Doubts mount over Britain's austerity drive
Doubts are growing in Britain over Prime Minister David Cameron's strategy to restore growth by cutting spending, amid a stream of worrying economic data and an increasingly hostile public.
The surprise announcement last month that the economy shrank by 0.5 percent in the fourth quarter of 2010 sparked national concern just as ordinary Britons were beginning to feel the effect of a major austerity drive.
Cameron wants to save more than £80 billion ($130 billion, 95 billion euros) over four years to reduce the budget deficit -- the toughest cuts in Europe -- and the consequences are being played out in vivid detail in the press.
Tales of support for disabled people being slashed, rubbish collections being scaled back to once a fortnight, library and bus services being scrapped and the even the national forests being rented out are all eroding support.
A recent YouGov poll found that public approval for the Conservative-Liberal Democrat coalition's strategy had fallen from 53 percent in June -- a month after the government took power -- to 38 percent now.
Some 57 percent in the poll said the cuts were being imposed unfairly.
Surveys also show consumer confidence in the economy has fallen to its lowest monthly figure in almost 20 years.
This only adds to the anxiety caused by soaring inflation and rising unemployment -- the jobless rate among young people is at a record 20 percent -- while the number of people declared insolvent hit a 40-year high in 2010.
Although his spending cuts will result in the loss of an estimated half a million public service jobs over four years, Cameron has insisted the private sector will take up the slack and drive the economic recovery.
But this argument took a hit when US pharmaceutical giant Pfizer announced this week that it was closing its factory in Kent, in the southeast of England, with the loss of 2,400 jobs.
Despite the dismal growth figures, experts refrain from predicting a return to recession, holding out for more positive news in the next quarter.
But the disappointing performance of the economy has only fuelled concerns among Cameron's critics, notably the opposition Labour party, which has accused him of killing off the recovery.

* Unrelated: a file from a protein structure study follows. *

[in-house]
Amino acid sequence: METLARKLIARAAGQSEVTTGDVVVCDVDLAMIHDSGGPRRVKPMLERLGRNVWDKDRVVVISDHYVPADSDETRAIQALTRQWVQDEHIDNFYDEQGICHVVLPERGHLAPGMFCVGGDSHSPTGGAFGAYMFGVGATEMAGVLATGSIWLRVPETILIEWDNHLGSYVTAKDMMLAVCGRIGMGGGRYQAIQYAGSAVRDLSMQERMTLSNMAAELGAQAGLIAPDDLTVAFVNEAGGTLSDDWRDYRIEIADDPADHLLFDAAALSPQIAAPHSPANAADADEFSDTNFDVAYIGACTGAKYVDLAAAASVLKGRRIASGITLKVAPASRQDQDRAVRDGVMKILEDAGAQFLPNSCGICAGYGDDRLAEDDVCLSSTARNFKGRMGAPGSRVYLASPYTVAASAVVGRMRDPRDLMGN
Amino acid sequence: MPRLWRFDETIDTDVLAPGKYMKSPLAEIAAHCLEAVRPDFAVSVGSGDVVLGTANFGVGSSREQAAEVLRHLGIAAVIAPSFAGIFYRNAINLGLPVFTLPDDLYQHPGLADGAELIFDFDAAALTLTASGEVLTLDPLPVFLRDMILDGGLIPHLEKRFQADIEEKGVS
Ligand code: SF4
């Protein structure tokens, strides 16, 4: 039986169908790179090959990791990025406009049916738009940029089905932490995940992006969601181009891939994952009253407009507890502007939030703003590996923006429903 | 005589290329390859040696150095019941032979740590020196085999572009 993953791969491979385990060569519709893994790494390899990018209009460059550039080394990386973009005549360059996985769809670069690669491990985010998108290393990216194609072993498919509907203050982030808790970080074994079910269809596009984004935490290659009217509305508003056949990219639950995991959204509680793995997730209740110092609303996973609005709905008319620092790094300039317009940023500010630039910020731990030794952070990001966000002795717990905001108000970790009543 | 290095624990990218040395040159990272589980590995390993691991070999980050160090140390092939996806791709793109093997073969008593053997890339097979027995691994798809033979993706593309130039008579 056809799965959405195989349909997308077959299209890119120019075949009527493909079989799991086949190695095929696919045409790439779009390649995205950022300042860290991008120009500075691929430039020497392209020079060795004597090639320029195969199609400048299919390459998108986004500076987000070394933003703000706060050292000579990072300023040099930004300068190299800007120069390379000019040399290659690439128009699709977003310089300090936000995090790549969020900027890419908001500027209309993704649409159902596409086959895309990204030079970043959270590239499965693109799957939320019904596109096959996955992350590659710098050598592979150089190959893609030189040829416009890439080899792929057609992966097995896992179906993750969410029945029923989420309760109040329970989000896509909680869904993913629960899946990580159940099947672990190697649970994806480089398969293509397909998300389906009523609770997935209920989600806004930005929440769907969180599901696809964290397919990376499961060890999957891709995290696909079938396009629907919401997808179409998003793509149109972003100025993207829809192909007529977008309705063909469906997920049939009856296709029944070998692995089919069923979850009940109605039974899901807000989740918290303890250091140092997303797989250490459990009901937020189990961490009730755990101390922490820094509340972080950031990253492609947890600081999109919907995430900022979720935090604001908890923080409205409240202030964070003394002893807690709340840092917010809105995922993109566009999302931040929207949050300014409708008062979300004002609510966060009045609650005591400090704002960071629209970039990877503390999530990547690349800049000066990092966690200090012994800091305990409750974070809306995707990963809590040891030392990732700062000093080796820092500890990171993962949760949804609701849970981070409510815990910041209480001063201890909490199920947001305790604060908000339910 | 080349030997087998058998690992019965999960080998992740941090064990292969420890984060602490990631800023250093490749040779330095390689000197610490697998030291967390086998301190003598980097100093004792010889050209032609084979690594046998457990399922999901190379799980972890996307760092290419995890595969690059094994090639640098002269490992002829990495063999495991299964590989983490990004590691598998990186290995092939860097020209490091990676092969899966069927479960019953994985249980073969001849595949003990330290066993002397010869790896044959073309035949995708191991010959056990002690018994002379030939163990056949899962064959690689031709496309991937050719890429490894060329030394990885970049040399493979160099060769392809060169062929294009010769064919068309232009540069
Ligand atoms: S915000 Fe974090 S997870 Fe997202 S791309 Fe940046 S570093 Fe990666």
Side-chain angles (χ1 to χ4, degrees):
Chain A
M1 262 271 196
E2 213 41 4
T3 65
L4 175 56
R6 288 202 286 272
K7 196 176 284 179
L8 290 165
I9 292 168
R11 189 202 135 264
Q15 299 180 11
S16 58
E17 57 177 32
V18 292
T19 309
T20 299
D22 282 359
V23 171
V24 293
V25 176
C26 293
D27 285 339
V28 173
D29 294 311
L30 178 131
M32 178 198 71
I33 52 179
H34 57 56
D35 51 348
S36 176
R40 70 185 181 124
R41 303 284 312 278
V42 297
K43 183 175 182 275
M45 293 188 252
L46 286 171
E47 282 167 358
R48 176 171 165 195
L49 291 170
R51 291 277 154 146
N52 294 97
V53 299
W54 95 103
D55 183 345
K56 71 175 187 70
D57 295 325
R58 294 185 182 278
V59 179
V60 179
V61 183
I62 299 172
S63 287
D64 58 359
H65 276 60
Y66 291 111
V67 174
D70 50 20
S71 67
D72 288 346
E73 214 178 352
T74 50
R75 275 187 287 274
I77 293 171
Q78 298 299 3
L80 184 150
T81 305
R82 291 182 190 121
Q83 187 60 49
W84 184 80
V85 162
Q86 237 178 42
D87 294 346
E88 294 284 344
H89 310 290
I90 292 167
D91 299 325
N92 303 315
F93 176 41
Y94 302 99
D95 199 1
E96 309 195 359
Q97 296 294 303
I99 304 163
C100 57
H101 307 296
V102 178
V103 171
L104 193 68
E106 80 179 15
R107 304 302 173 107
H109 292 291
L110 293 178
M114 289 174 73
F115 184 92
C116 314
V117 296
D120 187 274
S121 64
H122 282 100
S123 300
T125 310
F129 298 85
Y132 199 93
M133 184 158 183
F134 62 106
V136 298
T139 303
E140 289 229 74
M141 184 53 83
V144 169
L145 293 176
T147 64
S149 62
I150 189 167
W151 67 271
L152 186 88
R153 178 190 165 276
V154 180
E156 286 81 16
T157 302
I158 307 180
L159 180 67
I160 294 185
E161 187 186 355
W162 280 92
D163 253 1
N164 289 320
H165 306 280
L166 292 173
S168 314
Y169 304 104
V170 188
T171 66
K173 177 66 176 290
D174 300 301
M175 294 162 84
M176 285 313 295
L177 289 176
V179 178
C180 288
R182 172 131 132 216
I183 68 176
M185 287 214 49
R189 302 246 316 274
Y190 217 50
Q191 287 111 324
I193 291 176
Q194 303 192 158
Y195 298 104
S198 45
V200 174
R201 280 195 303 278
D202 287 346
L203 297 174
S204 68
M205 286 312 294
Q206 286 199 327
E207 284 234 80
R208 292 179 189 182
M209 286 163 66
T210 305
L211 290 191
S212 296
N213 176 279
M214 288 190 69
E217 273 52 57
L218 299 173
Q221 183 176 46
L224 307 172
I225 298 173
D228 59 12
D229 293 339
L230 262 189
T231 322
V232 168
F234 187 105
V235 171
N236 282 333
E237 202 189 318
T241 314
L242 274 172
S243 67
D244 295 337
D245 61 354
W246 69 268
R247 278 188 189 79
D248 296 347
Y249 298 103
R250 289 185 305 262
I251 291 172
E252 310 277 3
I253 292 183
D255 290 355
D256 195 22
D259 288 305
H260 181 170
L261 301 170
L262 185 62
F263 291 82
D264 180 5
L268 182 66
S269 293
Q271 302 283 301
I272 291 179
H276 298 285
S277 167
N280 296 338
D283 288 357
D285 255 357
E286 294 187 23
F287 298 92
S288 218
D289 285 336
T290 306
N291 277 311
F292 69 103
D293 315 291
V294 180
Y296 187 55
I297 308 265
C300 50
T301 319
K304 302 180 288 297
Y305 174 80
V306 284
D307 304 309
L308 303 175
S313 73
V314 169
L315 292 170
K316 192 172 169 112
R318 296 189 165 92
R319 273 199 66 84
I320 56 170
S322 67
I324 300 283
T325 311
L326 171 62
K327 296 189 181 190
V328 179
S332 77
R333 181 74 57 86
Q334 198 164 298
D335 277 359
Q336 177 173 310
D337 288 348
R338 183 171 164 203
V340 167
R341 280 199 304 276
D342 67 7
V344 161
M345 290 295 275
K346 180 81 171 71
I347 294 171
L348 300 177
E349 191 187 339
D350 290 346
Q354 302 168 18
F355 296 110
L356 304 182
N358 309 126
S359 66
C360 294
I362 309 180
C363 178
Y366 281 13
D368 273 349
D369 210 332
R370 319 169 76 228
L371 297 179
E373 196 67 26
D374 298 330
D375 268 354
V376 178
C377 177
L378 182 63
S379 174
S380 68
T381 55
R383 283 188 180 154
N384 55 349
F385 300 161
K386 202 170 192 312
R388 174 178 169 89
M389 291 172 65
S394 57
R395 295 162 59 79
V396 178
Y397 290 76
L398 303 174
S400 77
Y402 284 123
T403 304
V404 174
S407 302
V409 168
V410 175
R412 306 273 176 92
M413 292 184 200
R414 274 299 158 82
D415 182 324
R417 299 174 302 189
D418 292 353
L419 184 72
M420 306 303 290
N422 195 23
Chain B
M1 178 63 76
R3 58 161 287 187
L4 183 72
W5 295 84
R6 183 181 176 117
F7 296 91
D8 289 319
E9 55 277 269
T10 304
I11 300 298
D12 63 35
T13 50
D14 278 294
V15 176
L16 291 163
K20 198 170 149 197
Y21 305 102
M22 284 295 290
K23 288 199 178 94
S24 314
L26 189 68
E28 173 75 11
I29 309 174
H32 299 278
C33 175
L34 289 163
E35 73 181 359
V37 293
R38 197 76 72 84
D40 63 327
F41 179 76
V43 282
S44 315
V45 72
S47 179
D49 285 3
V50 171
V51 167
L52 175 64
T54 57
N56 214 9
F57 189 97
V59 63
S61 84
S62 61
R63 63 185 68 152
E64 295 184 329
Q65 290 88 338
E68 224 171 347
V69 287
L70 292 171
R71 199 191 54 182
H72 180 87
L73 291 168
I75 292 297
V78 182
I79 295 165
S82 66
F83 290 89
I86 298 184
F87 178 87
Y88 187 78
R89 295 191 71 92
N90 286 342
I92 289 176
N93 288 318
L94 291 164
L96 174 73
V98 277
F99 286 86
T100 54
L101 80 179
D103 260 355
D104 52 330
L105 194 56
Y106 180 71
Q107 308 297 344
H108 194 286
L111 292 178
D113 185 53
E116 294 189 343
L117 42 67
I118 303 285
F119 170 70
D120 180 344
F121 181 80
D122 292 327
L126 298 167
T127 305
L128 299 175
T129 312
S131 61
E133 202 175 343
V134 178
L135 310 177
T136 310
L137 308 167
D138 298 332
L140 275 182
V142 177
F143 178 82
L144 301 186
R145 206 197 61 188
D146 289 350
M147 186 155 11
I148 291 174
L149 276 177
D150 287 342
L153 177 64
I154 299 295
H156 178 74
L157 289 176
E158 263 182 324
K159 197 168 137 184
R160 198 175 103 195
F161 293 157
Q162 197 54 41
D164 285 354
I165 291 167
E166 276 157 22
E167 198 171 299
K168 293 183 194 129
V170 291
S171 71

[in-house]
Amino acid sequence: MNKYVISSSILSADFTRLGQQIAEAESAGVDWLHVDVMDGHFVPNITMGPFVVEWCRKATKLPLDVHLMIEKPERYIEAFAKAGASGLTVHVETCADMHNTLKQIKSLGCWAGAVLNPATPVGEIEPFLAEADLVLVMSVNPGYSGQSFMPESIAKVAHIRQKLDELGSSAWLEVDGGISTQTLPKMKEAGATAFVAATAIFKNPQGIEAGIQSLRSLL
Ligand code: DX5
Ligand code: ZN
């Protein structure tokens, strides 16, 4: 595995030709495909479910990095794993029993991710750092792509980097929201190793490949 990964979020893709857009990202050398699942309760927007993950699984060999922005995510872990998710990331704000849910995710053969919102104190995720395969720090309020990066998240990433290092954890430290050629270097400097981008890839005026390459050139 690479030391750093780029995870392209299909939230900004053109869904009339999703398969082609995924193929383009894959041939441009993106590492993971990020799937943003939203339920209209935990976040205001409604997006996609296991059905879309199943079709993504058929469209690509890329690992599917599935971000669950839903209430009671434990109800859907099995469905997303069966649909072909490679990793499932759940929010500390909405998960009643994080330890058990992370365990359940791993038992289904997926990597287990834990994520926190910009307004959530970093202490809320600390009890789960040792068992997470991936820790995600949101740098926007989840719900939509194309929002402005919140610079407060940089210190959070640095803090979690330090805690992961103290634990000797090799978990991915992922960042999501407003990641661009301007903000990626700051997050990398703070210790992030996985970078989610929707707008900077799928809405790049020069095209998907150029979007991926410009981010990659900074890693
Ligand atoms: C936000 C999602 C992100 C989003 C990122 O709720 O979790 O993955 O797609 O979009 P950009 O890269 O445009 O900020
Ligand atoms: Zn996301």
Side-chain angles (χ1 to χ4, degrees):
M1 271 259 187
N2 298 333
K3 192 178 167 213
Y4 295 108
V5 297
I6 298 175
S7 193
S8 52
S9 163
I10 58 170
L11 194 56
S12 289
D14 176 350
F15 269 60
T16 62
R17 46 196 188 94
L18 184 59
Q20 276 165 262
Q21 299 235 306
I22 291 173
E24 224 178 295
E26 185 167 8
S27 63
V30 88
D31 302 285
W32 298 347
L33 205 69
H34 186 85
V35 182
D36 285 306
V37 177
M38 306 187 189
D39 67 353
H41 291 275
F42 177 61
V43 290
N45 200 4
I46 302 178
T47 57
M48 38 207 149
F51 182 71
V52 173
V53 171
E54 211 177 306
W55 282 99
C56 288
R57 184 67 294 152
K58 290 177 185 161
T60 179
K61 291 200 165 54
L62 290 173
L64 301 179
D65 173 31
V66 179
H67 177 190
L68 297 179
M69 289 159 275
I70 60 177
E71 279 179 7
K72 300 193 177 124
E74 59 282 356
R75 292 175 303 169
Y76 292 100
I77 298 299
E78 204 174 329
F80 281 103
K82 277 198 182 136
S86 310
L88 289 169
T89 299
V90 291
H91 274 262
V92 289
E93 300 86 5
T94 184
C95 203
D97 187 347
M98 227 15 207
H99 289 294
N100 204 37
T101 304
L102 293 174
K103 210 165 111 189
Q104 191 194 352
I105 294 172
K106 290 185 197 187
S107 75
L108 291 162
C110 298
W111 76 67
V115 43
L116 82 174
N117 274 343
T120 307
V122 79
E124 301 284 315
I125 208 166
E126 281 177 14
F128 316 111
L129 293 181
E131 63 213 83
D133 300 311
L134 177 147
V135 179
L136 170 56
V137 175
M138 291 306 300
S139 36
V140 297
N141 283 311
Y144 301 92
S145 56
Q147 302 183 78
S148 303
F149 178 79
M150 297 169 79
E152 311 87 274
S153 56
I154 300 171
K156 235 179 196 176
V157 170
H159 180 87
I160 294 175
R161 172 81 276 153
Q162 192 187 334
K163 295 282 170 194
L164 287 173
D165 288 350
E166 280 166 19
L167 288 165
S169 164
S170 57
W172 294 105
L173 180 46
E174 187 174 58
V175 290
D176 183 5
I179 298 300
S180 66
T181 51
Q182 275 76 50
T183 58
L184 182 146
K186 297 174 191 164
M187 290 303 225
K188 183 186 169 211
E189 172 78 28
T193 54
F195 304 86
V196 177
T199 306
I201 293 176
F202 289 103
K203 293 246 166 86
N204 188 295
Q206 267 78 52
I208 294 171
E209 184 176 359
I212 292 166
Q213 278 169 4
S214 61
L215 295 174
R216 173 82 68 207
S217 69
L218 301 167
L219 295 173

Labour leader Ed Miliband accused Finance Minister George Osborne recently of taking "a political gamble with the nation's economy", saying his strategy was all about cutting the deficit, not creating jobs.
Other voices are also calling for the government to prepare a "Plan B" in case the economy takes a dive, with the business-friendly Financial Times among those urging Osborne to be flexible.
While campaigning for last year's elections, Cameron developed the concept of the "Big Society" where community groups and volunteers would take over local services from the state -- an idea that fit neatly with the cuts.
But the concept was dealt a blow this week when Liverpool council in northwest England announced it was pulling out of a pilot scheme for the project because the cuts were hitting those same community groups too hard.
The trade unions, meanwhile, are organising a national day of action for March 26 and warning that widespread strike action is possible.
Students have already taken to the streets, engaging in violent protests at the end of last year over cuts to higher education funding.
At the World Economic Forum in Davos last month, Cameron defended his plan, pointing to the cuts as the reason why Britain's triple A credit rating had been maintained and the interest rates on the country's debt were falling.
"It's going to be tough, but we must see it through," he said.
© 2011 AFP